93% of CEOs Say Measure Environmental Impacts
The PricewaterhouseCoopers survey, Measuring and managing total impact: A new language for business decisions, found 93 percent of CEOs believe measuring their organization’s total impact could help them make better decisions about business risk and build a stronger reputation with employees, investors and regulators, than using financial measures alone.
The survey results suggest many business leaders are looking beyond revenues, expenses and profits to a more inclusive and responsible economic development. The approach, dubbed by PwC as total impact measurement and management or TIMM, takes a holistic view of social, environment, fiscal and economic issues within the company. Companies using TIMM look beyond revenues and profits to understand their total footprint, quantify and monetize those impacts and then evaluate options to make better decisions.
Four out of five CEOs surveyed believe using information on their organization’s total impact would help them make more insightful decisions than conventional financial data.
However, most CEOs fail to use that information. Less than a quarter of 187 CEOs surveyed by PwC are using information on their company’s total impact to make decisions. Less than 15 percent are using the information for reporting.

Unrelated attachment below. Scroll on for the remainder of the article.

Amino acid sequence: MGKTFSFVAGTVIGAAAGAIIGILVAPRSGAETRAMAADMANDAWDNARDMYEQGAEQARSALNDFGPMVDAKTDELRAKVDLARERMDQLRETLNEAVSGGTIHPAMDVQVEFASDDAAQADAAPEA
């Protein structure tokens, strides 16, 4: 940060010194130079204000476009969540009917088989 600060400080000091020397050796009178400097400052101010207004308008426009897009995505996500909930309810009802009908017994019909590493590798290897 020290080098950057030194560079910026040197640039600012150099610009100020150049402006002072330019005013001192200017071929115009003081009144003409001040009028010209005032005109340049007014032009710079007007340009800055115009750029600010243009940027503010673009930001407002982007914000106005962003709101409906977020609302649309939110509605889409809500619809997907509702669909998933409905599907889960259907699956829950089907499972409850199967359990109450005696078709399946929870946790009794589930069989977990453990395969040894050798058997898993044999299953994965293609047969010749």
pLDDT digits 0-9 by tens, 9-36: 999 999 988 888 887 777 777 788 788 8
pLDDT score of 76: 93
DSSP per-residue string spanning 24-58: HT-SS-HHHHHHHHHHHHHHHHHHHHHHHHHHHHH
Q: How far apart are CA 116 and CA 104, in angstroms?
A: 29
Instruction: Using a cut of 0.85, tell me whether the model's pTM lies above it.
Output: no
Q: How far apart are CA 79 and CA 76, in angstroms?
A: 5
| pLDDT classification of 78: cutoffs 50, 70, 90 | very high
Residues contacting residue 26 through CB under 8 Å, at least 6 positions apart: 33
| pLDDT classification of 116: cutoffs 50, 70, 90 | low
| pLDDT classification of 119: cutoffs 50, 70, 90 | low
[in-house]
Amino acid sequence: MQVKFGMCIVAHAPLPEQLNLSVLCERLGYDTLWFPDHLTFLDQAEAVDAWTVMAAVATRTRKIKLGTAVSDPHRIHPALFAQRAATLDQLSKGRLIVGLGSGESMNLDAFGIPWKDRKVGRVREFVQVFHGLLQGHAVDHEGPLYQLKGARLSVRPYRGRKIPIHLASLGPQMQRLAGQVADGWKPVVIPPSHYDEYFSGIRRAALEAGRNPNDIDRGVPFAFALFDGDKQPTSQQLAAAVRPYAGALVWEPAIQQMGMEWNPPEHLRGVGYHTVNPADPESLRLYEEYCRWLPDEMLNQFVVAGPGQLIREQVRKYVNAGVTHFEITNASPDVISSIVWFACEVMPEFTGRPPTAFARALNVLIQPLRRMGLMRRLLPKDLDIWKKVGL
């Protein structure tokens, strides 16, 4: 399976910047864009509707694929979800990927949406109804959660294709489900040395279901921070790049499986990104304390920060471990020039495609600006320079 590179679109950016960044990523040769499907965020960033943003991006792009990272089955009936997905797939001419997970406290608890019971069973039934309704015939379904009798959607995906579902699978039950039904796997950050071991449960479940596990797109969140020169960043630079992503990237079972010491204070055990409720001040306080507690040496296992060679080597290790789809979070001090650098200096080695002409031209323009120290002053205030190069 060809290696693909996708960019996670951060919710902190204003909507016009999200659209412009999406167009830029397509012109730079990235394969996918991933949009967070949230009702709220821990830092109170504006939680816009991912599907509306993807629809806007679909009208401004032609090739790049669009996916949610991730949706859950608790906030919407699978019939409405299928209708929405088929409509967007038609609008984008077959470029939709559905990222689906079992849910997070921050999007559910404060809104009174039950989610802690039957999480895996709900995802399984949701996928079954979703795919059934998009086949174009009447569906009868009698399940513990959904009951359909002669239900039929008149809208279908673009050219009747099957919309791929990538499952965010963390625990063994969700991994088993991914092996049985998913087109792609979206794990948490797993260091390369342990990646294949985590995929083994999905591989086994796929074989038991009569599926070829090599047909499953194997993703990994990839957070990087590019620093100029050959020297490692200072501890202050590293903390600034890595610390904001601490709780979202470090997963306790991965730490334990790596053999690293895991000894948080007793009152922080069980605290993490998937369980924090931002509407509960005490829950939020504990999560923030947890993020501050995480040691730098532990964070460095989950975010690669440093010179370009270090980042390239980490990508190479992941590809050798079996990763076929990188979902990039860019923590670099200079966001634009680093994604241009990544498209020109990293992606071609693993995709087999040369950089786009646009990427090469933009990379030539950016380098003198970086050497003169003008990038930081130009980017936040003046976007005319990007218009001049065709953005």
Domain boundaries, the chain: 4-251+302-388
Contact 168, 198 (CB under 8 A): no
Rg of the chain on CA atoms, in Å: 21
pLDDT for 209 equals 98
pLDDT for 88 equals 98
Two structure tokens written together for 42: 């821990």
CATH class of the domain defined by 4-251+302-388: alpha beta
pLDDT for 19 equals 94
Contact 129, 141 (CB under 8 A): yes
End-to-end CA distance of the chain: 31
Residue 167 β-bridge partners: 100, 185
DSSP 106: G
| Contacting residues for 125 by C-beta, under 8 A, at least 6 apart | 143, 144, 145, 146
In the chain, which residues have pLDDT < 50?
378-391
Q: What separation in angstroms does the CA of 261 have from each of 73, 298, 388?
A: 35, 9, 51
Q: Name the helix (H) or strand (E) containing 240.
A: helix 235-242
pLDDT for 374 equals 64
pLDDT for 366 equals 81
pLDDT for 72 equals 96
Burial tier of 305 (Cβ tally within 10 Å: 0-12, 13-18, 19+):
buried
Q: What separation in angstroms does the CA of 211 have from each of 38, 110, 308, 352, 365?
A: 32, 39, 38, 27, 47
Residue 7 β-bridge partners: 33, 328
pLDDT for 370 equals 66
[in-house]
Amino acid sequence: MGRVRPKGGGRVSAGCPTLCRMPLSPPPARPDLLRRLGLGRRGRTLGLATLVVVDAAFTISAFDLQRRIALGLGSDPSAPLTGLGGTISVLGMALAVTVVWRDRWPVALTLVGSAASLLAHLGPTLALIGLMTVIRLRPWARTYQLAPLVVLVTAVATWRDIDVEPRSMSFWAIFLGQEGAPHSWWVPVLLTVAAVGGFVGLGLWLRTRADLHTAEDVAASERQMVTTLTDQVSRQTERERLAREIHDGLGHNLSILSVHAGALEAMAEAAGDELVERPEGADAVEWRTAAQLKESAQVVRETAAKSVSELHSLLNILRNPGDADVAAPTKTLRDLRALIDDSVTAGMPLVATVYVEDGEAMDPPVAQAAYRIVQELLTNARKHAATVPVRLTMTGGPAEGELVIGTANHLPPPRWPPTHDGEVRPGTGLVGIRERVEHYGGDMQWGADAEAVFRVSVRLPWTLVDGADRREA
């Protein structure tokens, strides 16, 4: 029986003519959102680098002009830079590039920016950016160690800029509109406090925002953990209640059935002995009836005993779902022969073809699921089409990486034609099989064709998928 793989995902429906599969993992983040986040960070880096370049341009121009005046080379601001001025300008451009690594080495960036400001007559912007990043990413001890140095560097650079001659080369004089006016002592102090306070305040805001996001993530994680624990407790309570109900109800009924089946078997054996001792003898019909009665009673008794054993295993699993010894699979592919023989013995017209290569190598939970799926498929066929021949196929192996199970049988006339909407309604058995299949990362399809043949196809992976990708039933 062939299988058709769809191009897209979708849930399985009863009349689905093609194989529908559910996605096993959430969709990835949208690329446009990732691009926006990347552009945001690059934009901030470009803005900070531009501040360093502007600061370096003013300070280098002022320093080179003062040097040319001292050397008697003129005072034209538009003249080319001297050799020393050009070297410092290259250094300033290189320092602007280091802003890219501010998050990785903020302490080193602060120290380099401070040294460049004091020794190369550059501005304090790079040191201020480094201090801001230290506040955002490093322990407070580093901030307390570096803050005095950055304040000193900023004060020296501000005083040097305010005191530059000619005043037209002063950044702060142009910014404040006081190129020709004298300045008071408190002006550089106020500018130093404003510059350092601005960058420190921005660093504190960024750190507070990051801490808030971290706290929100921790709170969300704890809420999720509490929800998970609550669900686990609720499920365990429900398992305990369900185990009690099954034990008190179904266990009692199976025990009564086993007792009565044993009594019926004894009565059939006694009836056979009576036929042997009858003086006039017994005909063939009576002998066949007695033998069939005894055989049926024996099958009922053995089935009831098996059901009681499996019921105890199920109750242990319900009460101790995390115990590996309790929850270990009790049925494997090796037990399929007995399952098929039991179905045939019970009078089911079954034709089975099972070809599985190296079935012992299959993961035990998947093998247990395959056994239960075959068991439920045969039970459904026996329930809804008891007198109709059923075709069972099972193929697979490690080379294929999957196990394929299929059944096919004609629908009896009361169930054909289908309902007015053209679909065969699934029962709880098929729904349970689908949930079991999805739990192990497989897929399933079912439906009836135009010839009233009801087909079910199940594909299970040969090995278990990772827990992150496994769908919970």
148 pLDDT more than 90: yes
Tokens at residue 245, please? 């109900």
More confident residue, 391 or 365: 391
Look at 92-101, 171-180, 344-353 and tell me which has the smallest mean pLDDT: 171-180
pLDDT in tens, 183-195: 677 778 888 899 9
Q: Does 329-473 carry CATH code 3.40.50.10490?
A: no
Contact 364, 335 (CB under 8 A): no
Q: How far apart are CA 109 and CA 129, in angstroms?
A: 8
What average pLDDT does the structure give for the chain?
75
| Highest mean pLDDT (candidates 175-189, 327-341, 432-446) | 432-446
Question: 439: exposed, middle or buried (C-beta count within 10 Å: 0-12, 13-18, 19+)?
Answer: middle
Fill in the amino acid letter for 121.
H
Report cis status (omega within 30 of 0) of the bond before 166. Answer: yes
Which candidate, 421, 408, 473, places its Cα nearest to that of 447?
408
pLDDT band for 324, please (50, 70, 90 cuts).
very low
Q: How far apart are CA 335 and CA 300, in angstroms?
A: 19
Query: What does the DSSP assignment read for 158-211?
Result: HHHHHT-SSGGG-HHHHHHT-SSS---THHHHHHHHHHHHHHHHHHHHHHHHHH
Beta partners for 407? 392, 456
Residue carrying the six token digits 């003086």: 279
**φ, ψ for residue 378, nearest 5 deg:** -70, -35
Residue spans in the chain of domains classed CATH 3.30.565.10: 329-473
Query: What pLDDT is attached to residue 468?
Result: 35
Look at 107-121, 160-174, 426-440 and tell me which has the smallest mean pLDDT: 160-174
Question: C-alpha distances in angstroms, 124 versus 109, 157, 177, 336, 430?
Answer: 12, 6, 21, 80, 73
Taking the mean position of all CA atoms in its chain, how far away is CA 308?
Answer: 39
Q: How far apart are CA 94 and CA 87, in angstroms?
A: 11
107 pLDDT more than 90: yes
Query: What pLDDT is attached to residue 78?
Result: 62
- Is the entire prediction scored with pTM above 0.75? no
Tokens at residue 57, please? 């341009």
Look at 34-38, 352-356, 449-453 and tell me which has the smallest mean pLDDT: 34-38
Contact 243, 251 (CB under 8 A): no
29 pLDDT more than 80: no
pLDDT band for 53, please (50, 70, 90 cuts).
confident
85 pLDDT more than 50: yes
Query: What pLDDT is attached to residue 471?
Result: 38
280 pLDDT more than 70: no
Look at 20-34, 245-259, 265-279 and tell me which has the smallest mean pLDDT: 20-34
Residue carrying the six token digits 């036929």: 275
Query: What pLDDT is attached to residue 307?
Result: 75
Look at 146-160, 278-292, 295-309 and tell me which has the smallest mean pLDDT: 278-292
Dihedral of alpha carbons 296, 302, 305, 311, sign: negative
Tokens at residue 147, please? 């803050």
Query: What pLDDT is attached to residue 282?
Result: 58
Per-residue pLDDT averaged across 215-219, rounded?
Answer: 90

Chief execs reported using some information on their company’s economic, environmental and social impact for board level decision making. But fewer shared that information with investors, employees and the public, according to the survey results.
Overall, 60 percent of those surveyed measured environment impacts, but only 51 percent reported it externally.
Larger companies appear more tuned into their environmental footprint. All CEOs at the largest companies in the survey — those with revenues over $10 billion — said they factored environmental impacts into their board decisions.
A white paper released by CH2M Hill in July 2013 says companies that set tangible, public sustainability goals improve their financial and environmental performance. The paper says as companies work to meet their goals, they cut energy use, greenhouse gas emissions, water consumption and waste — all of which result in cost savings and boost the bottom line and can result in increased employee satisfaction and productivity.
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